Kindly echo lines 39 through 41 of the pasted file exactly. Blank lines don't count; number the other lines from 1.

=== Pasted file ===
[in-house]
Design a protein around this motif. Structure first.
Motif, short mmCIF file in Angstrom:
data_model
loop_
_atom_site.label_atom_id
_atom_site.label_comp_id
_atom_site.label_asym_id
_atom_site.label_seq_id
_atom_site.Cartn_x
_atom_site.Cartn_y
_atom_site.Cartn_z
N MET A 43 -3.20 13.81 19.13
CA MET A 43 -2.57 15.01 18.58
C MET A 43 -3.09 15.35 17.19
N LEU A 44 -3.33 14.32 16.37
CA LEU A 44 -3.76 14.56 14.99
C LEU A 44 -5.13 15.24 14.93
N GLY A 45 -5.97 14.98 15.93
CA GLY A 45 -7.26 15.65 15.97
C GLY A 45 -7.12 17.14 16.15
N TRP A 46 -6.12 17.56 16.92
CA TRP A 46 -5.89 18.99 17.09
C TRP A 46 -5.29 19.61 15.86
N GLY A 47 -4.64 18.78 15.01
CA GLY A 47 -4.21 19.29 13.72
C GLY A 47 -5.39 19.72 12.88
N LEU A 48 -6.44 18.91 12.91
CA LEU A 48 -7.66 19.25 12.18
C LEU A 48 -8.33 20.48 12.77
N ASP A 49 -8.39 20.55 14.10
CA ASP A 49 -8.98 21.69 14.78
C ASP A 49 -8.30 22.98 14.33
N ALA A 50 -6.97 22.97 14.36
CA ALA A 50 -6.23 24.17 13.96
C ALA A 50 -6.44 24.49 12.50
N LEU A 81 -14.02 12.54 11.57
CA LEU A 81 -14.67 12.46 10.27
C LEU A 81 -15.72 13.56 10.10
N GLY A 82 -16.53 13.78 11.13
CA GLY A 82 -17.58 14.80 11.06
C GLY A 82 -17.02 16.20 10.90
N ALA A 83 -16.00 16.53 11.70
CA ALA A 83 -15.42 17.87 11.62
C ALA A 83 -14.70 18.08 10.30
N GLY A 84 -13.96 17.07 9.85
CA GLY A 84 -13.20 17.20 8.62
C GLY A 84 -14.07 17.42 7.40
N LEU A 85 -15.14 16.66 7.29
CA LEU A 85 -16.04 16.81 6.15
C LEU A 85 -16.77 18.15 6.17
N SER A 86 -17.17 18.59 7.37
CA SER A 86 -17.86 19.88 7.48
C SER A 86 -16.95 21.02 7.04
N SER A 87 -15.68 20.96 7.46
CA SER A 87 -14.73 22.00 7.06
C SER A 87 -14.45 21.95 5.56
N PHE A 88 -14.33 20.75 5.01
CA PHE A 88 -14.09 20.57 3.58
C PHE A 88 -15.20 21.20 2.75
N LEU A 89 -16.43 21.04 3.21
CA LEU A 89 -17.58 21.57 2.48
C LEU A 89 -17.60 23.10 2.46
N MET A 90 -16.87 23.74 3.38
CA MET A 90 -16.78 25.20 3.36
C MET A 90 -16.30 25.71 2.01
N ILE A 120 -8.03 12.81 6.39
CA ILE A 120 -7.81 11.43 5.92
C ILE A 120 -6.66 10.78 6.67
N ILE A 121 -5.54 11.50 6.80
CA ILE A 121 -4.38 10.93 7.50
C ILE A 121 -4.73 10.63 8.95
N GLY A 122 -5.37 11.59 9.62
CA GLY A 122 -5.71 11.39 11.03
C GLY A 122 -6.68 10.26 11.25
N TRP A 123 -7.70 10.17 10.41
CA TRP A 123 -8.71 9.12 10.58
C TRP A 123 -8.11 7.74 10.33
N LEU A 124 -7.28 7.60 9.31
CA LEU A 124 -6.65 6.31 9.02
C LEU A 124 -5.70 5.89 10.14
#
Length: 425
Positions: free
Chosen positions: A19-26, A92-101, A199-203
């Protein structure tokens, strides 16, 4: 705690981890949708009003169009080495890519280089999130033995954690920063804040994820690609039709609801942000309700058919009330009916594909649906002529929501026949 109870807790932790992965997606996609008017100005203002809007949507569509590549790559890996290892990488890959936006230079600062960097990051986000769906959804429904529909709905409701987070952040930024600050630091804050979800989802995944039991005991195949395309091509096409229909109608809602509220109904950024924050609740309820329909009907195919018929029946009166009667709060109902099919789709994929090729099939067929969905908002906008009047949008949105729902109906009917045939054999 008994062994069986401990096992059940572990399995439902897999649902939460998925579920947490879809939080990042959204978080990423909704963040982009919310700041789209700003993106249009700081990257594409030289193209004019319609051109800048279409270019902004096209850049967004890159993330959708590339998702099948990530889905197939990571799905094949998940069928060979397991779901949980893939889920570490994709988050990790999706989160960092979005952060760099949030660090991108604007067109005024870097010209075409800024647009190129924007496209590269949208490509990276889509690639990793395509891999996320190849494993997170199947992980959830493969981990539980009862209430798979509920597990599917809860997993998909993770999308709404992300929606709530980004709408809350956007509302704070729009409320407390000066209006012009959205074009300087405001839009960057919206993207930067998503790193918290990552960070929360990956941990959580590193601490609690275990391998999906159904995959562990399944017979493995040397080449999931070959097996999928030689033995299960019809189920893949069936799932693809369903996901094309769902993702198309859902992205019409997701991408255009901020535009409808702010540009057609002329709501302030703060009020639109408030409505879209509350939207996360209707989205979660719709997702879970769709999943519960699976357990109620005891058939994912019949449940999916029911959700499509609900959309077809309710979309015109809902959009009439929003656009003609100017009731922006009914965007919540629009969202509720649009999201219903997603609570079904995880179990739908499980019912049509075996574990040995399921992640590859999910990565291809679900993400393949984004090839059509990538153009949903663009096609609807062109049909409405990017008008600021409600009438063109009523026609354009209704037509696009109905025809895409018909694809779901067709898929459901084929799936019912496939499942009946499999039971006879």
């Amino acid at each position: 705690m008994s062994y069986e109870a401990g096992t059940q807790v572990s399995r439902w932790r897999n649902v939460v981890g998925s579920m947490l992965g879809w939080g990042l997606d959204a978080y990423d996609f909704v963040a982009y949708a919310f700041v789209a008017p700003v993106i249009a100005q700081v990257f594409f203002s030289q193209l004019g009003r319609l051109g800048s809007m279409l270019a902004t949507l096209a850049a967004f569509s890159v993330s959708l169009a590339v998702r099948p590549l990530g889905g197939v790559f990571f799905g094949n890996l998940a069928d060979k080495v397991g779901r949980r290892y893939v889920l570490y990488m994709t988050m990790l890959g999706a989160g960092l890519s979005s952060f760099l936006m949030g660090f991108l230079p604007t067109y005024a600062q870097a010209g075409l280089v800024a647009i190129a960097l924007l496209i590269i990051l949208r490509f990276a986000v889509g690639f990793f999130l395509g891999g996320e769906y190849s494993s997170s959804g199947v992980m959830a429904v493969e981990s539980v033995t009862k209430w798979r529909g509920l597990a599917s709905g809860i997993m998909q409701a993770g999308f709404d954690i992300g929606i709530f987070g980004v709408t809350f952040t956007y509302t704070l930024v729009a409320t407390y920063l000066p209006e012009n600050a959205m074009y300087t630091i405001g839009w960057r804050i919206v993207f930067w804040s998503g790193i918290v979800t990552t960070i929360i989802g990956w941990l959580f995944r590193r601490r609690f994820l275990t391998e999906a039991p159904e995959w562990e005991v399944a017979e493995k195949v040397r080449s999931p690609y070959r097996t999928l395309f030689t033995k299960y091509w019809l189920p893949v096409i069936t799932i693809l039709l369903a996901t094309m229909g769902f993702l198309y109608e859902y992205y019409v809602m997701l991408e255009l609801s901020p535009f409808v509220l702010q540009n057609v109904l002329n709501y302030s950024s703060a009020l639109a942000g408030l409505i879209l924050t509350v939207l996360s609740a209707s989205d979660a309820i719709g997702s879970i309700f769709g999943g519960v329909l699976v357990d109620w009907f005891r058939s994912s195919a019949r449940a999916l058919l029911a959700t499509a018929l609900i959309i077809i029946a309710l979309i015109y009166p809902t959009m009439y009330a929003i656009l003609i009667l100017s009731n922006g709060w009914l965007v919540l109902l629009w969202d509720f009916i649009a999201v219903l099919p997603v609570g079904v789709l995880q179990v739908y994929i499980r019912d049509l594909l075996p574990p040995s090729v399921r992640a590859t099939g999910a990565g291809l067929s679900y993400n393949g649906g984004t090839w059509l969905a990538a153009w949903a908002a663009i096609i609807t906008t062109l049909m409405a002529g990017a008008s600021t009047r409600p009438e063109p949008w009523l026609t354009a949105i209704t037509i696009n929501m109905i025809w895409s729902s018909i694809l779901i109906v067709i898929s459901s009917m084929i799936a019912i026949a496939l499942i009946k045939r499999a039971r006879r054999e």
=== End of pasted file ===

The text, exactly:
C LEU A 81 -15.72 13.56 10.10
N GLY A 82 -16.53 13.78 11.13
CA GLY A 82 -17.58 14.80 11.06